Good Day Bloggers! This week in the blog we are going to tackle another question that I get from a lot of students. That question is should I hedge or should I not hedge and more importantly when should I hedge? This may not be something you think about when you first start trading as that is where you are using stop losses and they should be employed immediately and always as strategic points. For those Rookies who are steadily evolving into professionals, this concept will become more and more important as time passes because this is the most likely trajectory that your trading success will take.
So what is it that golfers and traders have in common? Well if you watch the guys and gals on the professional golfer’s tours you will see that their swings look effortless and this is because instead of swinging fast and hard like a lot of amateurs they have learned to swing easy and use timing and tempo to hit the ball and achieve the greatest result. This trait that golfers seem to have is developed over many years of practice and training and this is very much the same for traders. We have to study and practice over the years to perfect our timing and tempo in relation to the markets. This is where the question from above comes in, when should I adjust a trade? Hopefully, I can shed some light on when to hedge. The how-to hedge is a different conversation that needs to be explored before the when comes into play.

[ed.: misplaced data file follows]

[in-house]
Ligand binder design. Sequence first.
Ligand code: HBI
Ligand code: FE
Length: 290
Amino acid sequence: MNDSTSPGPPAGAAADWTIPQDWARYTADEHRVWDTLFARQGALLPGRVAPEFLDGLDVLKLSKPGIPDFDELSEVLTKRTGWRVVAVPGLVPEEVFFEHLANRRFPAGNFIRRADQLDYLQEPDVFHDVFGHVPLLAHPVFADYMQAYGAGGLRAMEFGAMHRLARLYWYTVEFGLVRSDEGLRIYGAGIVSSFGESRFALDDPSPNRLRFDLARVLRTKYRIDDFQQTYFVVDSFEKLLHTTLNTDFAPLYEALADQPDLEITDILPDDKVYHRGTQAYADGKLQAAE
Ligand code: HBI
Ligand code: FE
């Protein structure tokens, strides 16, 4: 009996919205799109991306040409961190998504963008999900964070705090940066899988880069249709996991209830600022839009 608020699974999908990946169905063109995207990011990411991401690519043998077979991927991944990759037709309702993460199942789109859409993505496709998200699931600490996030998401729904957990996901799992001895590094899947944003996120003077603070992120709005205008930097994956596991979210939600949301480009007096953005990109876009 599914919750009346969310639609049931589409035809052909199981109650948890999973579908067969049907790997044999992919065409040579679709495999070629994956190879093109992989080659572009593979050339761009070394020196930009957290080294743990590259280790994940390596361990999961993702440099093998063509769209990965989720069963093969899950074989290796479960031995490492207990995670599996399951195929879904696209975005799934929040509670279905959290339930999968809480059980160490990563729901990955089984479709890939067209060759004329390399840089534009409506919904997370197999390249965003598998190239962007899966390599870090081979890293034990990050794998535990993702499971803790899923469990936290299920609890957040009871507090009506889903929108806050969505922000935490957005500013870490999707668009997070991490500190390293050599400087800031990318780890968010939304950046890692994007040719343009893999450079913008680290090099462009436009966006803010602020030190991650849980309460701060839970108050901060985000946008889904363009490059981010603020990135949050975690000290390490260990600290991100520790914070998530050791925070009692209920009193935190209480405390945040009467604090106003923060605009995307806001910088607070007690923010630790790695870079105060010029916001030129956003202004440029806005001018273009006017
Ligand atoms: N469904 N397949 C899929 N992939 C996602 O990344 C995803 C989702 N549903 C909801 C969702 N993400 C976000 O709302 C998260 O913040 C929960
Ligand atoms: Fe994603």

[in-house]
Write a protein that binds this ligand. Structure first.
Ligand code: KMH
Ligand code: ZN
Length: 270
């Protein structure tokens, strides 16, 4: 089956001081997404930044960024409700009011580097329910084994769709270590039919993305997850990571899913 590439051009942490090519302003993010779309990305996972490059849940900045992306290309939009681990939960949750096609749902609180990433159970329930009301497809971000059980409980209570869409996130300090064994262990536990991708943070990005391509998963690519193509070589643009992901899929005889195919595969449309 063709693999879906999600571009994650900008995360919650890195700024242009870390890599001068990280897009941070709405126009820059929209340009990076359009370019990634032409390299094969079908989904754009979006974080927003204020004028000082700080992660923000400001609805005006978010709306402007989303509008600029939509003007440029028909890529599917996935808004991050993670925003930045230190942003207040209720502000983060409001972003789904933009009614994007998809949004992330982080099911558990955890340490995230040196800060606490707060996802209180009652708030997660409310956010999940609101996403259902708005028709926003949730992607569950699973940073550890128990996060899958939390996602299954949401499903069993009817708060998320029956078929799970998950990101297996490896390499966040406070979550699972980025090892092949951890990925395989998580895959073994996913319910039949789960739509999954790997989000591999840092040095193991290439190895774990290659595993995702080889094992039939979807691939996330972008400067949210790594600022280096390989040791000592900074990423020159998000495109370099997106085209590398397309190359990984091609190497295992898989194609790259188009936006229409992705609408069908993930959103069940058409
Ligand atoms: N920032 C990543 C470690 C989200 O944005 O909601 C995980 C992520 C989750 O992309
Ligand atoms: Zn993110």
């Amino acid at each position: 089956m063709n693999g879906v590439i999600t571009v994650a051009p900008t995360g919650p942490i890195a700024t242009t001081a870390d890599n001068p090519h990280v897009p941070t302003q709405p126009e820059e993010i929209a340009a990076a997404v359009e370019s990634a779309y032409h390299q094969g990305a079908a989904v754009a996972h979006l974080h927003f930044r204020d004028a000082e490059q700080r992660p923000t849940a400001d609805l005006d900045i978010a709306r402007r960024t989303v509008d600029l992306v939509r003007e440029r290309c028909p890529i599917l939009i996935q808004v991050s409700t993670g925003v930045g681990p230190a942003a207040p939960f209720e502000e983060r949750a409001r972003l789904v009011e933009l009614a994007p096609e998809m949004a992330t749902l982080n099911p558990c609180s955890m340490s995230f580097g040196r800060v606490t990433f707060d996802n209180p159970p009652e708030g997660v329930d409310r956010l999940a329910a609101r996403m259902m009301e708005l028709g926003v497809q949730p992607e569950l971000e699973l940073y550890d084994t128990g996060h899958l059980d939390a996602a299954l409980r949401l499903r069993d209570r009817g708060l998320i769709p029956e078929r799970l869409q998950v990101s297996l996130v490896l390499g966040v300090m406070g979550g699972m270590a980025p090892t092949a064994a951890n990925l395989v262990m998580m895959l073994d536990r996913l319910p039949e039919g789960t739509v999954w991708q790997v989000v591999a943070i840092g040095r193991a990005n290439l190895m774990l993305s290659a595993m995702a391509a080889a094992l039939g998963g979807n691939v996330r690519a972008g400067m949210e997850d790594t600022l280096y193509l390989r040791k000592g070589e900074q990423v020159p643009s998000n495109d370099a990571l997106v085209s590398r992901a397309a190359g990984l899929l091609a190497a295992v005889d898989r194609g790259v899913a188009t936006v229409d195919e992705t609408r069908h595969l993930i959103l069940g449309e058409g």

So I can think of a few ways to improve our timing and tempo when it comes to hedging positions. In my humble opinion, the timing of adjustments is one of the harder parts of trading but over time practicing good techniques can help us get in tune with this part of trading. The three things that immediately come to mind for timing adjustments is the breaking of trend lines and/or support and resistance, the closing above or below moving averages and finally the end of a range.
First, the breaking of trendlines or support or resistance is a very easy point to believe that an adjustment could be warranted. A quick example might be if one has an OTM bull put credit spread on and that spread has been placed below support where it should be then that would probably be a good time to make an adjustment to the trade. Secondly, is the crossing of moving averages. These crosses are followed by many and therefore they can act as support and resistance and therefore if a price closes above or below a moving average this is an important sign of impending change. Finally, the typical range that an equtiy moves can signal exhaustion of a particular move and can show slowing momentum easily on a chart and it is at these particular points where we can pay close attention to a turn and once it has confirmed its turn with movement in the opposite direction then this can be a good time to make an adjustment. A particular example might be if you are in a stock trade and the typical range is run and starts to fade then it could be a good time to put on a covered call and collect some premium.
Hopefully you can see from the examples above that timing adjustments can be important and it really is something you have to work on over time just as our golfer friends do but if you practice these adjustments you may just find that your timing and tempo improves and then you may experience the greatest result which is watching your equity curve rise.
Happy Trading All,
Coach “Old Money” Holmes